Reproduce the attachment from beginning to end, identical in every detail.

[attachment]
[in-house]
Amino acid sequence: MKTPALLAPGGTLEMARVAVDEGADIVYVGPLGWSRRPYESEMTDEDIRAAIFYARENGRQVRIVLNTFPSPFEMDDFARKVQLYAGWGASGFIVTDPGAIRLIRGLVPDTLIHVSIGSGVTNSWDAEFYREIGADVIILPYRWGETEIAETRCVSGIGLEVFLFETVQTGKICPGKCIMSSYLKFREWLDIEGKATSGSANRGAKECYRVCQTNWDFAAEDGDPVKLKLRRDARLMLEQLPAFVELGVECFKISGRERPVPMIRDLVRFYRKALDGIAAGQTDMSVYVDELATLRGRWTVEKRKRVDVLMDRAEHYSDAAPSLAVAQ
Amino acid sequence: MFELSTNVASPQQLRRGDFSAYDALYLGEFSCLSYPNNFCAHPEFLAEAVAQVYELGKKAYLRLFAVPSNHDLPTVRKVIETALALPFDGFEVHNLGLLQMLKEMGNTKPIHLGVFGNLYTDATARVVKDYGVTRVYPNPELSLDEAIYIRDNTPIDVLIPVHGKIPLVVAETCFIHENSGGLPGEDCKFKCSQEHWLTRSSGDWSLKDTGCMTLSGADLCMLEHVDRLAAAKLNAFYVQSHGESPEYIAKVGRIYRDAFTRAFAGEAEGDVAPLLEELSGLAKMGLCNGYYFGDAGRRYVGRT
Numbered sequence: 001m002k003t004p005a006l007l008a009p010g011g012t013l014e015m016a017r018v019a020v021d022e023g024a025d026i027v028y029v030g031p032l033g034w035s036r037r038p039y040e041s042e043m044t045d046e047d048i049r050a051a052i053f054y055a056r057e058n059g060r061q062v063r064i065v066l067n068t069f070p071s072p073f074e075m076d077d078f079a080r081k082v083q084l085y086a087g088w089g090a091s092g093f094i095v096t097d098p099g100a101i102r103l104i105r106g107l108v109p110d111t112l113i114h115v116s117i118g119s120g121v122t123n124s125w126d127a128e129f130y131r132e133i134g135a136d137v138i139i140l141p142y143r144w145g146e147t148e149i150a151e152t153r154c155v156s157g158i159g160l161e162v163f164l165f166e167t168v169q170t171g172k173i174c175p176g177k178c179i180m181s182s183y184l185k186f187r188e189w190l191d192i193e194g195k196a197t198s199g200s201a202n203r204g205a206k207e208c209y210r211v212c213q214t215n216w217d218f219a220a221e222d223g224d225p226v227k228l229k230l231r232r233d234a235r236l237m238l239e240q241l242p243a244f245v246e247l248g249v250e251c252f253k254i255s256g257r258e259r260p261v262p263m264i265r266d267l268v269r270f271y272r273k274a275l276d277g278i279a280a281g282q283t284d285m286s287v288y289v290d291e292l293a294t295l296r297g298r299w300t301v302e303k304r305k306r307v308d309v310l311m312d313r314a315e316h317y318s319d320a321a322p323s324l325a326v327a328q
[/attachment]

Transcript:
[in-house]
Amino acid sequence: MKTPALLAPGGTLEMARVAVDEGADIVYVGPLGWSRRPYESEMTDEDIRAAIFYARENGRQVRIVLNTFPSPFEMDDFARKVQLYAGWGASGFIVTDPGAIRLIRGLVPDTLIHVSIGSGVTNSWDAEFYREIGADVIILPYRWGETEIAETRCVSGIGLEVFLFETVQTGKICPGKCIMSSYLKFREWLDIEGKATSGSANRGAKECYRVCQTNWDFAAEDGDPVKLKLRRDARLMLEQLPAFVELGVECFKISGRERPVPMIRDLVRFYRKALDGIAAGQTDMSVYVDELATLRGRWTVEKRKRVDVLMDRAEHYSDAAPSLAVAQ
Amino acid sequence: MFELSTNVASPQQLRRGDFSAYDALYLGEFSCLSYPNNFCAHPEFLAEAVAQVYELGKKAYLRLFAVPSNHDLPTVRKVIETALALPFDGFEVHNLGLLQMLKEMGNTKPIHLGVFGNLYTDATARVVKDYGVTRVYPNPELSLDEAIYIRDNTPIDVLIPVHGKIPLVVAETCFIHENSGGLPGEDCKFKCSQEHWLTRSSGDWSLKDTGCMTLSGADLCMLEHVDRLAAAKLNAFYVQSHGESPEYIAKVGRIYRDAFTRAFAGEAEGDVAPLLEELSGLAKMGLCNGYYFGDAGRRYVGRT
Numbered sequence: 001m002k003t004p005a006l007l008a009p010g011g012t013l014e015m016a017r018v019a020v021d022e023g024a025d026i027v028y029v030g031p032l033g034w035s036r037r038p039y040e041s042e043m044t045d046e047d048i049r050a051a052i053f054y055a056r057e058n059g060r061q062v063r064i065v066l067n068t069f070p071s072p073f074e075m076d077d078f079a080r081k082v083q084l085y086a087g088w089g090a091s092g093f094i095v096t097d098p099g100a101i102r103l104i105r106g107l108v109p110d111t112l113i114h115v116s117i118g119s120g121v122t123n124s125w126d127a128e129f130y131r132e133i134g135a136d137v138i139i140l141p142y143r144w145g146e147t148e149i150a151e152t153r154c155v156s157g158i159g160l161e162v163f164l165f166e167t168v169q170t171g172k173i174c175p176g177k178c179i180m181s182s183y184l185k186f187r188e189w190l191d192i193e194g195k196a197t198s199g200s201a202n203r204g205a206k207e208c209y210r211v212c213q214t215n216w217d218f219a220a221e222d223g224d225p226v227k228l229k230l231r232r233d234a235r236l237m238l239e240q241l242p243a244f245v246e247l248g249v250e251c252f253k254i255s256g257r258e259r260p261v262p263m264i265r266d267l268v269r270f271y272r273k274a275l276d277g278i279a280a281g282q283t284d285m286s287v288y289v290d291e292l293a294t295l296r297g298r299w300t301v302e303k304r305k306r307v308d309v310l311m312d313r314a315e316h317y318s319d320a321a322p323s324l325a326v327a328q